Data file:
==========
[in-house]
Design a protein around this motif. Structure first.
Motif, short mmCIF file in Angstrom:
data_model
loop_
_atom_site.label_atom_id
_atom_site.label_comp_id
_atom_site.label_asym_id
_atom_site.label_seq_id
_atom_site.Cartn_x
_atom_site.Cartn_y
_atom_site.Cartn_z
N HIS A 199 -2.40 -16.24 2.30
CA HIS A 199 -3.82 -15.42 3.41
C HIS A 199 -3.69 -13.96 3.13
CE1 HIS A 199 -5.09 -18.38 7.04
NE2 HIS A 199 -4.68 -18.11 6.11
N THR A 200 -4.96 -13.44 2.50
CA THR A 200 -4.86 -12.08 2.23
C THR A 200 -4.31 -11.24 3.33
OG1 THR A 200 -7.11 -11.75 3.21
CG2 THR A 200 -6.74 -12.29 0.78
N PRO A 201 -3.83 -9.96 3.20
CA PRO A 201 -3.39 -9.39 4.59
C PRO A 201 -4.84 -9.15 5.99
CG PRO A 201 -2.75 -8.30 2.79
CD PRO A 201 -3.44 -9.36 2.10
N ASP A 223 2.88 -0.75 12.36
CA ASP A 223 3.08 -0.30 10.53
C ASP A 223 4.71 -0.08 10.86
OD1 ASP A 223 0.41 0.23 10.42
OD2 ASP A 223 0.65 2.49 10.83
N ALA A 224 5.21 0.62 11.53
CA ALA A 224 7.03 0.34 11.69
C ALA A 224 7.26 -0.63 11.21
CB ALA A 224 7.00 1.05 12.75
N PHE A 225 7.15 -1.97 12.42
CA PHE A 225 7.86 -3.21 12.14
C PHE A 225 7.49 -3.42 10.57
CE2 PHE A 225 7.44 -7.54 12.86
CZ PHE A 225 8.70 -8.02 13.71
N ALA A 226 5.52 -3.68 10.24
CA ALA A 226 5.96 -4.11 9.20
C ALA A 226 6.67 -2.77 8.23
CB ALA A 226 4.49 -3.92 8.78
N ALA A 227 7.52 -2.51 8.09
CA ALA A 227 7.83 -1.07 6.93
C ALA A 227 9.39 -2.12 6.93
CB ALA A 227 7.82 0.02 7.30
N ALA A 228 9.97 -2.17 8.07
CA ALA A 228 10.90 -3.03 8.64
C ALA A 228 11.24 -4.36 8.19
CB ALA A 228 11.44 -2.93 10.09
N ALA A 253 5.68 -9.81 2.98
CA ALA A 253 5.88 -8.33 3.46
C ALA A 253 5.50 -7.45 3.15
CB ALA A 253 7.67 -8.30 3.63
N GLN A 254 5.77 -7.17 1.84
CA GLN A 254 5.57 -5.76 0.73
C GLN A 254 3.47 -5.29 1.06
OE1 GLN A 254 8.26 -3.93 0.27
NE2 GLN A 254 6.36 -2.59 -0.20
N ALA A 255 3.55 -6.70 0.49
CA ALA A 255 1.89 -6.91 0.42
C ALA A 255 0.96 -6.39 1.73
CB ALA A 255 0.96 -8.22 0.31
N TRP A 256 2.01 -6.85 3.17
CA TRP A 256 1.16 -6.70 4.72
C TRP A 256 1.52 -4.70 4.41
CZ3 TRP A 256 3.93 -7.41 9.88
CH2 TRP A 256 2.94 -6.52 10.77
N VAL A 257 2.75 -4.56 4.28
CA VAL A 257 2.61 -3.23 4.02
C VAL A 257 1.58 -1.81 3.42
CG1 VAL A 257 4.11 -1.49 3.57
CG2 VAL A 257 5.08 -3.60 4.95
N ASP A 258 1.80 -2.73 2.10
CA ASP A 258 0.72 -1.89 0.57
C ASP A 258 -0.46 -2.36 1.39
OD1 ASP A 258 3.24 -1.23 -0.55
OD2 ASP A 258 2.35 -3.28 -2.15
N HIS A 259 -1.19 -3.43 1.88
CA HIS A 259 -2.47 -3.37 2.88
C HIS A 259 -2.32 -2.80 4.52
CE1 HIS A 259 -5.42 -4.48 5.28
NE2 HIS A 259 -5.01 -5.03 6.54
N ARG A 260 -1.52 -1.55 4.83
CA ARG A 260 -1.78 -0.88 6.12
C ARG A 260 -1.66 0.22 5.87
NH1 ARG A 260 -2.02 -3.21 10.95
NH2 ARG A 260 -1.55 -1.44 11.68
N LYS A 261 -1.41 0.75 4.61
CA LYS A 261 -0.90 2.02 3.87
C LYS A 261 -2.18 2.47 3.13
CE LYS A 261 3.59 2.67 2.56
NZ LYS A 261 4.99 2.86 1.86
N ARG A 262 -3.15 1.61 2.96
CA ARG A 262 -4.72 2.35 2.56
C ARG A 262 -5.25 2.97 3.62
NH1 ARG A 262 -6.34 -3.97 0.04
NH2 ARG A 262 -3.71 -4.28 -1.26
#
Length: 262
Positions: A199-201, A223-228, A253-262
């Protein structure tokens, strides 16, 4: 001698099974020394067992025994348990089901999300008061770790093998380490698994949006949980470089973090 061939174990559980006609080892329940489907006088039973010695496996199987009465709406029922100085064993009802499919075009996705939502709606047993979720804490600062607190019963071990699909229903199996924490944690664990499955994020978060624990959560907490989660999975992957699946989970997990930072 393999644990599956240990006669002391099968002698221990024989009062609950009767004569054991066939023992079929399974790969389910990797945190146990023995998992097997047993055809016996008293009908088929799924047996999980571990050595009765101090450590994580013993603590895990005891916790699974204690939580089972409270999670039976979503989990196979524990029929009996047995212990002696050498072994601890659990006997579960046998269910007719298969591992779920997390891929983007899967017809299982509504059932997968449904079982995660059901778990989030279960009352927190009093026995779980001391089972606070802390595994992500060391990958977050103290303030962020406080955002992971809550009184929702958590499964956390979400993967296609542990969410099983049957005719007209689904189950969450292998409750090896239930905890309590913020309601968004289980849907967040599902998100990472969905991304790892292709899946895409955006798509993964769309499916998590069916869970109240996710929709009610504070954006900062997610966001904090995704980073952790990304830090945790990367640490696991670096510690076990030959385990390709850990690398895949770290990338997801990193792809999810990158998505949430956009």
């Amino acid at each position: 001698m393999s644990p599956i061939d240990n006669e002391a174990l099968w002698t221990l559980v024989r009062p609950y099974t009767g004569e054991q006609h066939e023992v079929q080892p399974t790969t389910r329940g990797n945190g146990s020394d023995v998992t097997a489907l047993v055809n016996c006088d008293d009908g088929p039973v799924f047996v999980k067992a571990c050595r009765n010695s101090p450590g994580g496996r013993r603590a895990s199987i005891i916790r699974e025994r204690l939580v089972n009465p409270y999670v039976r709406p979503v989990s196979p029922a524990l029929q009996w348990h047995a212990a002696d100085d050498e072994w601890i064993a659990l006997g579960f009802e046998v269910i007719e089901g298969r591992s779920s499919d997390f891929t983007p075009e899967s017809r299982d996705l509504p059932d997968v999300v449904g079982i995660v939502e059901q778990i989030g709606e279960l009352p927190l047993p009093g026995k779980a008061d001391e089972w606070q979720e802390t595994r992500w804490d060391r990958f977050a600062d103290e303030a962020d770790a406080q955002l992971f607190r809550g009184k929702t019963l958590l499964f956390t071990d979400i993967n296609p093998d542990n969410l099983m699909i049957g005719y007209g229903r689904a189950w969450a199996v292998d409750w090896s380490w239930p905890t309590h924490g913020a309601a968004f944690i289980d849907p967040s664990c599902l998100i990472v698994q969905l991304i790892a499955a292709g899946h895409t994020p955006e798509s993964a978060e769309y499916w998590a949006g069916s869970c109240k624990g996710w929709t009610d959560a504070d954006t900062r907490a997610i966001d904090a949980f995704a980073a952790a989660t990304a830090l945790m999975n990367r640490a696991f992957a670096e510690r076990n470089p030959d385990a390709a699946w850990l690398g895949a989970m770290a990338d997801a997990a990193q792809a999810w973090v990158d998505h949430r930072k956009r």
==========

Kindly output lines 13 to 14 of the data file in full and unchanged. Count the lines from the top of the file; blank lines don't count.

N HIS A 199 -2.40 -16.24 2.30
CA HIS A 199 -3.82 -15.42 3.41